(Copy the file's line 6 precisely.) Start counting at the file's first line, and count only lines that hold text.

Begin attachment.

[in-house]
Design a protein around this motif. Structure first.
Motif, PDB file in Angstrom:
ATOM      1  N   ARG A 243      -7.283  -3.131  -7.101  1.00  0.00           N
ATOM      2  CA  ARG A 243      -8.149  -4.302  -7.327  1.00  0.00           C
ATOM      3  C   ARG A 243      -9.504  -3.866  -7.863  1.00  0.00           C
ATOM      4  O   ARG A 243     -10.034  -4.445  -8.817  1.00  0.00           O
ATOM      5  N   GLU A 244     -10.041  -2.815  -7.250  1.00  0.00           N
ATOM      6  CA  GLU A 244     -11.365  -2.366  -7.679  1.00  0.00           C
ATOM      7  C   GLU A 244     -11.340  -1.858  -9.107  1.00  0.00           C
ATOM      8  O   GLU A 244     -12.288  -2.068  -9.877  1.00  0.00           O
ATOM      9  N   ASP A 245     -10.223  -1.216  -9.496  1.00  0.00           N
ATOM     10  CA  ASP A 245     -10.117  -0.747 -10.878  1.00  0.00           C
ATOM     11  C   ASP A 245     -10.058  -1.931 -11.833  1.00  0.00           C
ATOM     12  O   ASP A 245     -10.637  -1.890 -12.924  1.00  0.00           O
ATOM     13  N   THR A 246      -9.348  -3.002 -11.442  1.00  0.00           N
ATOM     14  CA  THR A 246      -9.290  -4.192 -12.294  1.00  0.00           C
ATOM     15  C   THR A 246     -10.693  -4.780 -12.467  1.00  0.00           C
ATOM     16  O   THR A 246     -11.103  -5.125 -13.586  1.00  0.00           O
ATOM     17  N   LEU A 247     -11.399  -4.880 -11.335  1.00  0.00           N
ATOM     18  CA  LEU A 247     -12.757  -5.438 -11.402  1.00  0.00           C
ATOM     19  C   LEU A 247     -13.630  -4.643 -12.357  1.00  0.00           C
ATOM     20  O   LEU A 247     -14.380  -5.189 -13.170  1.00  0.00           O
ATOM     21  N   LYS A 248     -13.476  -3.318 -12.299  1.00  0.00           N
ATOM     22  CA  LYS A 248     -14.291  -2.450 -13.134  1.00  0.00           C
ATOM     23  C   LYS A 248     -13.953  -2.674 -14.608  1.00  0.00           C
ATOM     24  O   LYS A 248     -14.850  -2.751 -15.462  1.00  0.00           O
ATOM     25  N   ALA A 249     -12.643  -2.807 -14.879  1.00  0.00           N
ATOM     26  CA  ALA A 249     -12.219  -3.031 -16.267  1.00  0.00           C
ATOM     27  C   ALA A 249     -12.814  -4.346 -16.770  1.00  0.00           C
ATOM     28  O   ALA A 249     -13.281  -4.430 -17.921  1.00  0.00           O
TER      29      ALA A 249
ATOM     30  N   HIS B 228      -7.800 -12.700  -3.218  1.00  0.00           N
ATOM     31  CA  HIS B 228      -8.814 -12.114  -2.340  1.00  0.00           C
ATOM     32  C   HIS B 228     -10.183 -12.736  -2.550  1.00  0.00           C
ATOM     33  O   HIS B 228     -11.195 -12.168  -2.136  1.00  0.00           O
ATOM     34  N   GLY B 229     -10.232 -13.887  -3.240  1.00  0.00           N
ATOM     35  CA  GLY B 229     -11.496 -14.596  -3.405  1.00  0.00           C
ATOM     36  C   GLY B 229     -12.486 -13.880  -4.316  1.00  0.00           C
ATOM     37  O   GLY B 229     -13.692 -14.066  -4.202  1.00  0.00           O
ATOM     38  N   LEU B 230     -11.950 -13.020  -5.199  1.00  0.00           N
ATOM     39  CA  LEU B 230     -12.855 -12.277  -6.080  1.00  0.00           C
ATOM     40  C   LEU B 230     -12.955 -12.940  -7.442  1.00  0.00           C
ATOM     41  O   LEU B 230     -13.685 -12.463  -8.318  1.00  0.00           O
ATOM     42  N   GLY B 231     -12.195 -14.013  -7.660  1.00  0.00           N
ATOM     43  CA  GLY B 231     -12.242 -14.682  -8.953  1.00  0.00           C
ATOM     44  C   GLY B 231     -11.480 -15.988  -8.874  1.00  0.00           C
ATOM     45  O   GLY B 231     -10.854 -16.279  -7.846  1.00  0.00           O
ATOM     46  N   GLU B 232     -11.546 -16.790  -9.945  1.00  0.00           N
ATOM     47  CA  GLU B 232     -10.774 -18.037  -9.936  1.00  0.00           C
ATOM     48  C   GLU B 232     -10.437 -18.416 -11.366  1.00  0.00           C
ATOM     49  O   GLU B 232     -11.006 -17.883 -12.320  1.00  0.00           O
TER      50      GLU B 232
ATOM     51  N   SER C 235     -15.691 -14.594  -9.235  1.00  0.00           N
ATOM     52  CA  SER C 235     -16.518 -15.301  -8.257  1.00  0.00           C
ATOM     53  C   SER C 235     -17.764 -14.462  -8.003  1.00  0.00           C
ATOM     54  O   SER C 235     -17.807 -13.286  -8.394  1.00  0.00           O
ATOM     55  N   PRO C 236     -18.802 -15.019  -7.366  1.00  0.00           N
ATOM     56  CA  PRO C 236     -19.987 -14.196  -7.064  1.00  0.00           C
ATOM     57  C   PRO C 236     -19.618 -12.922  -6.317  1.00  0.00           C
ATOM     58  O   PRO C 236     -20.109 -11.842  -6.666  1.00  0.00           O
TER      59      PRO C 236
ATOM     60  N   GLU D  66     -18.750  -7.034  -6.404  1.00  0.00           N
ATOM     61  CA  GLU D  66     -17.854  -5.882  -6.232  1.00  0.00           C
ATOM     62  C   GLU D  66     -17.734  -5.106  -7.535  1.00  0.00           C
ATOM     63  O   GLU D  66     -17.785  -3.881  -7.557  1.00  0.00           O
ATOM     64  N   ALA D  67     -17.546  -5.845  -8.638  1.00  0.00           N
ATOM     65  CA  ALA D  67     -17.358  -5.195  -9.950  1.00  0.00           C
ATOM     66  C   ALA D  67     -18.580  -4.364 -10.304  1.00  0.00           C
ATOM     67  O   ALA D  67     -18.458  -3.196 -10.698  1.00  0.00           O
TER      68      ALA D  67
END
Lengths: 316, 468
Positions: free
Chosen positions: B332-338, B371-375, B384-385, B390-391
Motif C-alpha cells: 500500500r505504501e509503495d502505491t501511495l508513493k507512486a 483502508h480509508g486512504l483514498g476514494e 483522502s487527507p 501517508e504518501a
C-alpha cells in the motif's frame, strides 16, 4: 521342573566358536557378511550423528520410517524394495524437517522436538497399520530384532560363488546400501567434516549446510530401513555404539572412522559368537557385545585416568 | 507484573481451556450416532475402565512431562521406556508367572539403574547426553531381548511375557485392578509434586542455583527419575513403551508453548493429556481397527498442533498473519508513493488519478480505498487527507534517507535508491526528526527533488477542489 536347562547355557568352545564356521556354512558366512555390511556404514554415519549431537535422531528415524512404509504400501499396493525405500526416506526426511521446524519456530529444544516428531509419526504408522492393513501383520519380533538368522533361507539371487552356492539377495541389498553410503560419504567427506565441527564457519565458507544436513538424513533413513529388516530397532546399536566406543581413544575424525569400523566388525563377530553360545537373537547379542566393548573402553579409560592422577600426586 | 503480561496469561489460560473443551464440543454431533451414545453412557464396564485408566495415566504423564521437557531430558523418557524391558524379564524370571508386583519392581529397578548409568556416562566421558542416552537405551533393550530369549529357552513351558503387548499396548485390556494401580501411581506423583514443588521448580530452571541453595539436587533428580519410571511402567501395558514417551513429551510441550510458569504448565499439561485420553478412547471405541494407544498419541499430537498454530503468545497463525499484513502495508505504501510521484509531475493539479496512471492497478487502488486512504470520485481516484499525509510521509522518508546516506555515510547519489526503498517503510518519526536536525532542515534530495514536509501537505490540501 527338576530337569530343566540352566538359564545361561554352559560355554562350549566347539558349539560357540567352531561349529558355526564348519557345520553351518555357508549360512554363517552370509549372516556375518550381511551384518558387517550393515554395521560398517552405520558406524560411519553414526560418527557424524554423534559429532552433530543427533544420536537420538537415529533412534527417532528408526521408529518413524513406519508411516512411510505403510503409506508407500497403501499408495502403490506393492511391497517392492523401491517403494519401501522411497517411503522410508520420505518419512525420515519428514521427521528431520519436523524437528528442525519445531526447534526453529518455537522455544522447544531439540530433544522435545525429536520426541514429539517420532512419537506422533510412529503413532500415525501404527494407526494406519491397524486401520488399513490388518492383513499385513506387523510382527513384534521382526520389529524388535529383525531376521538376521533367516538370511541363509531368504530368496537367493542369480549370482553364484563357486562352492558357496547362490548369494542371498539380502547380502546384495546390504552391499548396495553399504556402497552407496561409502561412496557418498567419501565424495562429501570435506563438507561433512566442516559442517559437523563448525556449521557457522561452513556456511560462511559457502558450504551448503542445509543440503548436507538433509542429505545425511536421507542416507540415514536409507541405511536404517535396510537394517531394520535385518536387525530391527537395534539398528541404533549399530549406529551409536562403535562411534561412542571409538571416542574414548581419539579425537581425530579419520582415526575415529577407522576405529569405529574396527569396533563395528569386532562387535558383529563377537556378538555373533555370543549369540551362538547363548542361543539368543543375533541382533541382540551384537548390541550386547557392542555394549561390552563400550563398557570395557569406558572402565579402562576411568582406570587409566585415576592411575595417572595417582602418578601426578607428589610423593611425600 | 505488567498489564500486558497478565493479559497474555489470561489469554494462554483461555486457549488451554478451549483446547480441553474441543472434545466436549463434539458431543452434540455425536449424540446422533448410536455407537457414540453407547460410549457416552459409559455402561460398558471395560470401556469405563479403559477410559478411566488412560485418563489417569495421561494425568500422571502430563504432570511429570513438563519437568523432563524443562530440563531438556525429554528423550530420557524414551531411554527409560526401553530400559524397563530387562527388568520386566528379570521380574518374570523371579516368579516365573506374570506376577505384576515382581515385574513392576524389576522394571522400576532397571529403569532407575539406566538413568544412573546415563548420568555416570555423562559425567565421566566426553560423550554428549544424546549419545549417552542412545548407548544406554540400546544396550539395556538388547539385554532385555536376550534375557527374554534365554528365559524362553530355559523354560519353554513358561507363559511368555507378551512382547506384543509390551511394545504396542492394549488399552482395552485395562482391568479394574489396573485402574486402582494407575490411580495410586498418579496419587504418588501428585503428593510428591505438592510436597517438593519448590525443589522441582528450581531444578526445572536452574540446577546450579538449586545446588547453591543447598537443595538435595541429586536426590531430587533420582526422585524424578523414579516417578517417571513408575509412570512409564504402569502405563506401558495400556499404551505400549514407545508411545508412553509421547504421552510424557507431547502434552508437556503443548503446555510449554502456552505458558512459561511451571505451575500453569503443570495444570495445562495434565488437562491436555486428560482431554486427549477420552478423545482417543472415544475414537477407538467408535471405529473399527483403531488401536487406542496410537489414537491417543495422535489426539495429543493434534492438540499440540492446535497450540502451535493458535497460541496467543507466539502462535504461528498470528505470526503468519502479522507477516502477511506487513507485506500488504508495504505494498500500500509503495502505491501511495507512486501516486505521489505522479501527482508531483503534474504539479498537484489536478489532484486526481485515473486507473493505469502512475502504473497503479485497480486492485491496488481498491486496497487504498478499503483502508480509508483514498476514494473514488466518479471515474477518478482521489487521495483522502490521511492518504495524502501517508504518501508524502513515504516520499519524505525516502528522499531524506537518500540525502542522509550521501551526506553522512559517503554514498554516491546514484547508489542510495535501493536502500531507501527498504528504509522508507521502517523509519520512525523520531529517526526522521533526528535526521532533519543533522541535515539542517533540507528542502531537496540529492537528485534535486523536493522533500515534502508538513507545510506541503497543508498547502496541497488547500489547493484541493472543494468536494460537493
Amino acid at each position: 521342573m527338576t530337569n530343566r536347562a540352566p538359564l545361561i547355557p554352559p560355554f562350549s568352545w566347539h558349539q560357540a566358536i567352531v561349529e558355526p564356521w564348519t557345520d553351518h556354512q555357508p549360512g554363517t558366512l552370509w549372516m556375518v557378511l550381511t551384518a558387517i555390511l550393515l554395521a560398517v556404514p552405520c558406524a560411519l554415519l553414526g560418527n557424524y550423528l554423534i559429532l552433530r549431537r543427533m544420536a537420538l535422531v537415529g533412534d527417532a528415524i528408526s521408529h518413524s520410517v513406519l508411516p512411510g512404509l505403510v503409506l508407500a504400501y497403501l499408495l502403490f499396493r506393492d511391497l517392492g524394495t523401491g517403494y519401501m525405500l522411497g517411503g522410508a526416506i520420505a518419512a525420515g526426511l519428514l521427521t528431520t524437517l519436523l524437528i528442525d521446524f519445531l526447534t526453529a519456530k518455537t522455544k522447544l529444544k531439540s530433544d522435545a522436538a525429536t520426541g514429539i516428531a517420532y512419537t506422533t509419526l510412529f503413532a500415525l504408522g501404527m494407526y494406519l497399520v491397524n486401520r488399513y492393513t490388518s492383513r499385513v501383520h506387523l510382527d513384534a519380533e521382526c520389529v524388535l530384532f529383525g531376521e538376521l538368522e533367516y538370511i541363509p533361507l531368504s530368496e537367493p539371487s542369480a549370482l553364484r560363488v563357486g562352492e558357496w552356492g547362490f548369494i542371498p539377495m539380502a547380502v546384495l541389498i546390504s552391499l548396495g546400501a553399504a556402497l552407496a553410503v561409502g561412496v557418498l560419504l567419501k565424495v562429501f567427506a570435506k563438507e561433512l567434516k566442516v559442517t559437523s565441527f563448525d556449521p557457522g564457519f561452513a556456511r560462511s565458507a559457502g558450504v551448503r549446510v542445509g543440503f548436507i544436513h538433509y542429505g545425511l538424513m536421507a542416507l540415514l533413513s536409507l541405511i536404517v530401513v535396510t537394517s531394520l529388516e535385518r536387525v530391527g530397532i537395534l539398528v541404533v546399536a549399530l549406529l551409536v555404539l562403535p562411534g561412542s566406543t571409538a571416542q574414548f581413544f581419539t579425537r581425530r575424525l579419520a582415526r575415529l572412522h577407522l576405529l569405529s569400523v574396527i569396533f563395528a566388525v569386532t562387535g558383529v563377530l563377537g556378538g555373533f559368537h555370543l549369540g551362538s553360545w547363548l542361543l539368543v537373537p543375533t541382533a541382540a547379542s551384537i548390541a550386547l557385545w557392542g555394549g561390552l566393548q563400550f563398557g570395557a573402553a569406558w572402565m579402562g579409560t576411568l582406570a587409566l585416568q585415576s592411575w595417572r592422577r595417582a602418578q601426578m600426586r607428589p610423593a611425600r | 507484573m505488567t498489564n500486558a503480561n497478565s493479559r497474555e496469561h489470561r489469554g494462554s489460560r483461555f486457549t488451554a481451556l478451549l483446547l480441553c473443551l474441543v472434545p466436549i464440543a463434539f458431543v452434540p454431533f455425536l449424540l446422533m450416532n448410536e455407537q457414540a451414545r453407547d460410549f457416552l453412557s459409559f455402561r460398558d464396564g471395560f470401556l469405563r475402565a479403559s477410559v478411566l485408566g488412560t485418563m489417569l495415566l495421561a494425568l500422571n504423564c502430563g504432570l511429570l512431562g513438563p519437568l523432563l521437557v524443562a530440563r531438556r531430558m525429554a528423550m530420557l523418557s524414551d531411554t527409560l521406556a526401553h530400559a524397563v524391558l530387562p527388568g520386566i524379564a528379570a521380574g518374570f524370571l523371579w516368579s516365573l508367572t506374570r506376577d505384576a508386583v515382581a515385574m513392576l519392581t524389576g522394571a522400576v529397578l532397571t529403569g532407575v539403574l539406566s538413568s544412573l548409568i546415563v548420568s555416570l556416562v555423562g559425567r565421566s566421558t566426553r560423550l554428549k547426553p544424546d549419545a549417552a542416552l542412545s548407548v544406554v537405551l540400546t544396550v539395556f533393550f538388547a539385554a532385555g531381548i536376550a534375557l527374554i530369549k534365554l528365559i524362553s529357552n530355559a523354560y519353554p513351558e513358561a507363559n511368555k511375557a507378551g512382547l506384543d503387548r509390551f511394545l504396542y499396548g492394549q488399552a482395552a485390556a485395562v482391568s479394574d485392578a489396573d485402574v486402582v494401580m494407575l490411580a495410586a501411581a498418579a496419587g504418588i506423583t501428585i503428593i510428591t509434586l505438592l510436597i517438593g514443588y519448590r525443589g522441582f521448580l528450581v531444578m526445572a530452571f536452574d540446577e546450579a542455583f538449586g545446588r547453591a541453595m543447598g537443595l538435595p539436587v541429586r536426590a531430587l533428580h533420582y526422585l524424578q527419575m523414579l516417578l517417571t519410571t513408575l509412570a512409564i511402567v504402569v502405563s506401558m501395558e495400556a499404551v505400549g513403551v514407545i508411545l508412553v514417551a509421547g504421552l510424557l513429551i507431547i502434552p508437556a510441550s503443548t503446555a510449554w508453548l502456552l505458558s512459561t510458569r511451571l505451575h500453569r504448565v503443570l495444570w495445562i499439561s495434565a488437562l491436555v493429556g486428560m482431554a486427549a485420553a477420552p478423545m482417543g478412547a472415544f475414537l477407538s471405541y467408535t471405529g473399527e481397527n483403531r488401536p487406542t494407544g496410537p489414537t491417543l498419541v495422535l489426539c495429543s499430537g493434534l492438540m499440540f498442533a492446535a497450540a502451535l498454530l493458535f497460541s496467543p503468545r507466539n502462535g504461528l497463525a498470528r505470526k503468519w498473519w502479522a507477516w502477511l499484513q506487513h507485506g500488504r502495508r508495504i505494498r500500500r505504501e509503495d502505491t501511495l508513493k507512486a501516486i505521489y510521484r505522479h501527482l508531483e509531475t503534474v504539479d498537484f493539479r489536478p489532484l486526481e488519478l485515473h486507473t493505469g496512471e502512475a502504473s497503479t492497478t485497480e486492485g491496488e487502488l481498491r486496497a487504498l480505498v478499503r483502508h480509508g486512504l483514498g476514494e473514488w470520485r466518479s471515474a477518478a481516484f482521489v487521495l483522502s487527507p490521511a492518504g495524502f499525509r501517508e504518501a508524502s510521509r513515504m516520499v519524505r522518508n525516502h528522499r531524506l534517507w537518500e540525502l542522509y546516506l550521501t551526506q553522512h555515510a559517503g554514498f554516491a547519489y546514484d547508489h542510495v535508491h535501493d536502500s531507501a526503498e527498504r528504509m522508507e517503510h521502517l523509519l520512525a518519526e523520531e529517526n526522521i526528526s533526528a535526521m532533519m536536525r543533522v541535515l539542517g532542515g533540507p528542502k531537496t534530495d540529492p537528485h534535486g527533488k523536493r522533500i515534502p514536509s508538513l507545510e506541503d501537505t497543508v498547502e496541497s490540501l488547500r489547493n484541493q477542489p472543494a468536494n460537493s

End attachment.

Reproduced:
ATOM      3  C   ARG A 243      -9.504  -3.866  -7.863  1.00  0.00           C